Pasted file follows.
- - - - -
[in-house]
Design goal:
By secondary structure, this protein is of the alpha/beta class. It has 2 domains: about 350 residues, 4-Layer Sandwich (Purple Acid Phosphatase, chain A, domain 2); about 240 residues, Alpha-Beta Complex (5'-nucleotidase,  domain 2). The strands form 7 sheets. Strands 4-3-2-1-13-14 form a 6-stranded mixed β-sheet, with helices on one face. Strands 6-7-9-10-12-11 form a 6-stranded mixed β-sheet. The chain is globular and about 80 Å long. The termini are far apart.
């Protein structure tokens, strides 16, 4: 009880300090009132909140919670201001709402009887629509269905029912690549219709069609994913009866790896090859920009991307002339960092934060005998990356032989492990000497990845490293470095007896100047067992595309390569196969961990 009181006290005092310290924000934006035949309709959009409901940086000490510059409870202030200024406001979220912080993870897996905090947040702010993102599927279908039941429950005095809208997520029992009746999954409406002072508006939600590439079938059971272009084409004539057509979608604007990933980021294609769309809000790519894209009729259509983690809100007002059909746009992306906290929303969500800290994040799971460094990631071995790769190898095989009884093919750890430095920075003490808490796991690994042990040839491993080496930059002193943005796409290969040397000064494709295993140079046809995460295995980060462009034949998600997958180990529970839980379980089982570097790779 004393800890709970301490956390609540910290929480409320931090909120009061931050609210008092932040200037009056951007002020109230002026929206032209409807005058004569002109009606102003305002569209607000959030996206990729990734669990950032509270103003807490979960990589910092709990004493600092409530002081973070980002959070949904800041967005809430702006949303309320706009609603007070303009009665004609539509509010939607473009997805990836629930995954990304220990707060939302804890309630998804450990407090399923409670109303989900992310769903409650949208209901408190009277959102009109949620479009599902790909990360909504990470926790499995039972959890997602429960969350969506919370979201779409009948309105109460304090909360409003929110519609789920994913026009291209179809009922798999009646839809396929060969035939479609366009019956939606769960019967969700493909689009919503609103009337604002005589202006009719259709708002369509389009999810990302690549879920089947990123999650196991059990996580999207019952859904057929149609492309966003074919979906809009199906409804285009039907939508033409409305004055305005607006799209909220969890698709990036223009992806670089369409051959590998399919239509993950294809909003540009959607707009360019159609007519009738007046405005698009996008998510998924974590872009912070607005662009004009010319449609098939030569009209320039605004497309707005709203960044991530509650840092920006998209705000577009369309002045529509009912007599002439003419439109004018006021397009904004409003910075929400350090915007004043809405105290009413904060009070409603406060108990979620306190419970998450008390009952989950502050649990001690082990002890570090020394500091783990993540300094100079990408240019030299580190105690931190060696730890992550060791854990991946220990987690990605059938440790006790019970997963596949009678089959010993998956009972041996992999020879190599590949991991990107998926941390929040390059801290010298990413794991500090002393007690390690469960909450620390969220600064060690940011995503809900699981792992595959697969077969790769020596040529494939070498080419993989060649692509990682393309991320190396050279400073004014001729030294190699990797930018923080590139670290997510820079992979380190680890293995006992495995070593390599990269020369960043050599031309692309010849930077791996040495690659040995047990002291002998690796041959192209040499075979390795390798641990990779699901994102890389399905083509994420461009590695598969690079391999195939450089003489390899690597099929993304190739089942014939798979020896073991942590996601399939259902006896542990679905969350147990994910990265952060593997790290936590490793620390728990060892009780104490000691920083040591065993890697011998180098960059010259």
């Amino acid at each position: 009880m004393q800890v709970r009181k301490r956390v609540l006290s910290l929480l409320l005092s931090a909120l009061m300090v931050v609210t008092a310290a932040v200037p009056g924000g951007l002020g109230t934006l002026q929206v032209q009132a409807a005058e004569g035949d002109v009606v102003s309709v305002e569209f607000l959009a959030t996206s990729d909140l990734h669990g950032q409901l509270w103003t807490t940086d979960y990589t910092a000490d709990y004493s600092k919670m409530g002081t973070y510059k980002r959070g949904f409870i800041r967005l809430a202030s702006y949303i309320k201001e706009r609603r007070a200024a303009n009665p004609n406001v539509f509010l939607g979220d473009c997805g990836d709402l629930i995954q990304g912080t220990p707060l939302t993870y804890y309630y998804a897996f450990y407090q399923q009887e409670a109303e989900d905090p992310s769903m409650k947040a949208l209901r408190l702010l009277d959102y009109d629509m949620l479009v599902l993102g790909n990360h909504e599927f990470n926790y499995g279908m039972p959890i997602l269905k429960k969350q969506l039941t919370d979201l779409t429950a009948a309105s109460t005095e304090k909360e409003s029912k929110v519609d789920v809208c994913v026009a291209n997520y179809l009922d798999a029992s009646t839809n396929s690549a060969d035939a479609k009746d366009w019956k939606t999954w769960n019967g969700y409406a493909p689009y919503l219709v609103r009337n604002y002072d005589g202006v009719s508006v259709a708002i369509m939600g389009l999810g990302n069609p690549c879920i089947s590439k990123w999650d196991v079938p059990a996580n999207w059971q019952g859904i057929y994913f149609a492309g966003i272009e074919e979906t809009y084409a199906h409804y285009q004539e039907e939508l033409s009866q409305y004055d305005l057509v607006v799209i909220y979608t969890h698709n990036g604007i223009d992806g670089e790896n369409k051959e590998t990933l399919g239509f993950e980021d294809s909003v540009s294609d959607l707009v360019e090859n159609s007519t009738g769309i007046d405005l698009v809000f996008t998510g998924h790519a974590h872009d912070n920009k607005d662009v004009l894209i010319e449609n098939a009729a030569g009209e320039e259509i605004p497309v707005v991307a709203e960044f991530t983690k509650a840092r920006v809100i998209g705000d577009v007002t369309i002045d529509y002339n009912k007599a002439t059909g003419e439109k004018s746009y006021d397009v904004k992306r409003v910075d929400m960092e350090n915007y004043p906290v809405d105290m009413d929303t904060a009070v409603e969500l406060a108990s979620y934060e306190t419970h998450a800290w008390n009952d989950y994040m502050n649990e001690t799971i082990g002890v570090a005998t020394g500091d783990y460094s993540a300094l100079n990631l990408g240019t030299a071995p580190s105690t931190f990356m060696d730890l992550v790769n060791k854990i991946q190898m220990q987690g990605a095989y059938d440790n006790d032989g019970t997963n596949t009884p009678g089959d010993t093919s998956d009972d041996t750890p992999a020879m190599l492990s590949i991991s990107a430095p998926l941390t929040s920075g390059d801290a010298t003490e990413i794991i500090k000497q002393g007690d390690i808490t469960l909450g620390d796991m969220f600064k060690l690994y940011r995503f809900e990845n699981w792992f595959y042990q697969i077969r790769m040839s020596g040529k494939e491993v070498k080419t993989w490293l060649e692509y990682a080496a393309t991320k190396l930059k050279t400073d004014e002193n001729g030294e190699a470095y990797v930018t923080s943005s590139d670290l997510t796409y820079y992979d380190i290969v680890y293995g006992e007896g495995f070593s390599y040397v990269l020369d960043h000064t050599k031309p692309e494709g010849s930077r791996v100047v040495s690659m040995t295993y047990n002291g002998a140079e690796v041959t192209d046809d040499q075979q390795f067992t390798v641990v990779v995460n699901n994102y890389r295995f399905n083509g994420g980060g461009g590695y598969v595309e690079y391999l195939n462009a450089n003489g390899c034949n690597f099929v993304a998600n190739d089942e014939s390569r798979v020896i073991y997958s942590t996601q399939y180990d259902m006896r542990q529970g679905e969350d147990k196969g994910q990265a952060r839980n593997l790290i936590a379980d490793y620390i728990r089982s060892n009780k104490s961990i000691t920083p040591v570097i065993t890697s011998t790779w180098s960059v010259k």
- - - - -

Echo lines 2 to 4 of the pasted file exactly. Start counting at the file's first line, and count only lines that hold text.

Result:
Design goal:
By secondary structure, this protein is of the alpha/beta class. It has 2 domains: about 350 residues, 4-Layer Sandwich (Purple Acid Phosphatase, chain A, domain 2); about 240 residues, Alpha-Beta Complex (5'-nucleotidase,  domain 2). The strands form 7 sheets. Strands 4-3-2-1-13-14 form a 6-stranded mixed β-sheet, with helices on one face. Strands 6-7-9-10-12-11 form a 6-stranded mixed β-sheet. The chain is globular and about 80 Å long. The termini are far apart.
């Protein structure tokens, strides 16, 4: 009880300090009132909140919670201001709402009887629509269905029912690549219709069609994913009866790896090859920009991307002339960092934060005998990356032989492990000497990845490293470095007896100047067992595309390569196969961990 009181006290005092310290924000934006035949309709959009409901940086000490510059409870202030200024406001979220912080993870897996905090947040702010993102599927279908039941429950005095809208997520029992009746999954409406002072508006939600590439079938059971272009084409004539057509979608604007990933980021294609769309809000790519894209009729259509983690809100007002059909746009992306906290929303969500800290994040799971460094990631071995790769190898095989009884093919750890430095920075003490808490796991690994042990040839491993080496930059002193943005796409290969040397000064494709295993140079046809995460295995980060462009034949998600997958180990529970839980379980089982570097790779 004393800890709970301490956390609540910290929480409320931090909120009061931050609210008092932040200037009056951007002020109230002026929206032209409807005058004569002109009606102003305002569209607000959030996206990729990734669990950032509270103003807490979960990589910092709990004493600092409530002081973070980002959070949904800041967005809430702006949303309320706009609603007070303009009665004609539509509010939607473009997805990836629930995954990304220990707060939302804890309630998804450990407090399923409670109303989900992310769903409650949208209901408190009277959102009109949620479009599902790909990360909504990470926790499995039972959890997602429960969350969506919370979201779409009948309105109460304090909360409003929110519609789920994913026009291209179809009922798999009646839809396929060969035939479609366009019956939606769960019967969700493909689009919503609103009337604002005589202006009719259709708002369509389009999810990302690549879920089947990123999650196991059990996580999207019952859904057929149609492309966003074919979906809009199906409804285009039907939508033409409305004055305005607006799209909220969890698709990036223009992806670089369409051959590998399919239509993950294809909003540009959607707009360019159609007519009738007046405005698009996008998510998924974590872009912070607005662009004009010319449609098939030569009209320039605004497309707005709203960044991530509650840092920006998209705000577009369309002045529509009912007599002439003419439109004018006021397009904004409003910075929400350090915007004043809405105290009413904060009070409603406060108990979620306190419970998450008390009952989950502050649990001690082990002890570090020394500091783990993540300094100079990408240019030299580190105690931190060696730890992550060791854990991946220990987690990605059938440790006790019970997963596949009678089959010993998956009972041996992999020879190599590949991991990107998926941390929040390059801290010298990413794991500090002393007690390690469960909450620390969220600064060690940011995503809900699981792992595959697969077969790769020596040529494939070498080419993989060649692509990682393309991320190396050279400073004014001729030294190699990797930018923080590139670290997510820079992979380190680890293995006992495995070593390599990269020369960043050599031309692309010849930077791996040495690659040995047990002291002998690796041959192209040499075979390795390798641990990779699901994102890389399905083509994420461009590695598969690079391999195939450089003489390899690597099929993304190739089942014939798979020896073991942590996601399939259902006896542990679905969350147990994910990265952060593997790290936590490793620390728990060892009780104490000691920083040591065993890697011998180098960059010259």